Friday, March 06, 2015

Killing DBSNMP sessions not easy

We had a performane issue for a prodcution database today. The CPU utilization went up. When I logged into the server and tried to log into the database as sysdba, I got ORA-00020 error:
$sqlplus "/ as sysdba"

SQL*Plus: Release 11.2.0.2.0 Production on Fri Mar 6 10:55:10 2015

Copyright (c) 1982, 2010, Oracle.  All rights reserved.

ERROR:
ORA-00020: maximum number of processes (700) exceeded

Another DBA reported that the session count for DBSNMP user went up high. This user is from OEM. I stopped the OEM agent and he killed all DBSNMP sessions at database level. However, almost 1 hour later, we still saw high DBSNMP session count:
Username           COUNT(*)
---------------- ----------
DBSNMP                  352
XXXX100                   1
XXXXSELECT                1
XXXXUSER                232
IVIEW2XXXX               25
ORACLE                    5
XX09195                   1
XXX6621                   6
XXX3294                   1
XXDBMON                   1
                         36
note: some usernames are marked to protect ther innocence.

Of course, we can see all DBSNMP sessions marked as "KILLED"
SQL> select username, status from v$session where username='DBSNMP';

Username         Status
---------------- --------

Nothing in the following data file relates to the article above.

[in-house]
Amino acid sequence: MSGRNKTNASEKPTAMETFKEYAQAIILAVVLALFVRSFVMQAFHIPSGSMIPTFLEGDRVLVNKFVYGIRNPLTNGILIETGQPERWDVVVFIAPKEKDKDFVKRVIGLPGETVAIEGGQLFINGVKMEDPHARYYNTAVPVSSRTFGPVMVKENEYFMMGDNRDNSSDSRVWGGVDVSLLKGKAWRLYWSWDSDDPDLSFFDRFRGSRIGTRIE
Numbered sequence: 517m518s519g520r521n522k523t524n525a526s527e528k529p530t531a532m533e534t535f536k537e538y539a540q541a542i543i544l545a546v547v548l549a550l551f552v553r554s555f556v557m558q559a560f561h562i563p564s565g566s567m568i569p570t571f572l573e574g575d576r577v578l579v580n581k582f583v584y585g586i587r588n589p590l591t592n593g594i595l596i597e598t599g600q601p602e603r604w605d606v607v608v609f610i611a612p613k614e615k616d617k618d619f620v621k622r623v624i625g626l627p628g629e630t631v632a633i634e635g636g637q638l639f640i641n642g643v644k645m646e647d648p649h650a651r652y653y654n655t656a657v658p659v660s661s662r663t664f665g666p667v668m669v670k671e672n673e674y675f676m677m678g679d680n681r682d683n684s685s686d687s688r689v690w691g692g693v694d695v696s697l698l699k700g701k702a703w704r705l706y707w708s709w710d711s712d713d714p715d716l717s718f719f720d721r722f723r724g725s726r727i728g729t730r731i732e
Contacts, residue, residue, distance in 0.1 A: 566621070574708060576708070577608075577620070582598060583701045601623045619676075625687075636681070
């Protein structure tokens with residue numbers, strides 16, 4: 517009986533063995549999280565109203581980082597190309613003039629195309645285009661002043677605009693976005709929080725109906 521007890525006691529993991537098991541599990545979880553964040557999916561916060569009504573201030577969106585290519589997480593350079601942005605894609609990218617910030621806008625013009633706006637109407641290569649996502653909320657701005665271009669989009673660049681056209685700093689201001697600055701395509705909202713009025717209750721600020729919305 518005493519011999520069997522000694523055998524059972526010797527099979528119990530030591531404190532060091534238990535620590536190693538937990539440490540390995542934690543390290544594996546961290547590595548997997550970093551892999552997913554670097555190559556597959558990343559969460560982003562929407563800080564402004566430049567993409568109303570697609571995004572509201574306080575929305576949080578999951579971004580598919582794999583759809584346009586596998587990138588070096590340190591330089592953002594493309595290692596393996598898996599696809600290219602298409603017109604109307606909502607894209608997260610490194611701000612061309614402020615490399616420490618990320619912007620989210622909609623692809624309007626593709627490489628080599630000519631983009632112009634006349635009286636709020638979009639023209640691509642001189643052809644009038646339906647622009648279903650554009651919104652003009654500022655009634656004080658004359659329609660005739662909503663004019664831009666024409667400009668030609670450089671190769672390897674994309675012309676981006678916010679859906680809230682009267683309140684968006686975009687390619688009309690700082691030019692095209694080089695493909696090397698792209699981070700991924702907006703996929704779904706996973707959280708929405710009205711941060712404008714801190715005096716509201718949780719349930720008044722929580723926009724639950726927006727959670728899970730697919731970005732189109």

DBSNMP           KILLED
DBSNMP           KILLED
DBSNMP           KILLED
DBSNMP           KILLED
DBSNMP           KILLED
DBSNMP           KILLED
DBSNMP           KILLED
DBSNMP           KILLED
DBSNMP           KILLED
DBSNMP           KILLED
DBSNMP           KILLED
DBSNMP           KILLED
DBSNMP           KILLED
DBSNMP           KILLED
DBSNMP           KILLED
DBSNMP           KILLED
...

So It appeared to be a good idea to kill the processes at OS level. I fired the following script I usually use to get the KILL command:
set pages 0
spool /tmp/kill_os

select 'kill -9 '|| p.spid
from v$process p , v$session s
where p.background is null
and s.paddr = p.addr (+)
and p.spid is not null
and s.username='DBSNMP'
order by p.spid
/
Guess what, to my surprise, it returned nothing !. I got the count for those "LOCAL=NO" processes as below:
$ps -ef |grep "LOCAL=NO" | wc -l

659

Now the problem was how could I get the PIDs out of those 659 processes that belong to DBSNMP ? What I did finally was:

1. load the PIDs of all those "LOCAL=NO" processes into a table db_admin.pid with one number column called ID:
ps -ef | grep LOCAL=NO | awk '{print "insert into db_admin.pid values(" $2 "); }'

2. Run the following query to generate the KILL commands

select 'kill -9 ' ||  id from db_admin.pid x 
where not exists (
select 1 
from v$session s, v$process p
where s.paddr = p.addr (+)
  and p.spid = x.id
)
order by id
/

This trick worked. To prevent future troubles, we've also set up a profile limit for the number of sessions the user DBSNMP can have. We still don't know what caused the session count high though.

1 comment:

Yu Denis Sun said...

As to possible reason for high DBSNMP session count: see: High Number of SYS or DBSNMP Sessions Selecting from gv$buffered_subscribers Affecting Database Performance or Contributing to Hung Database (Doc ID 1372977.1)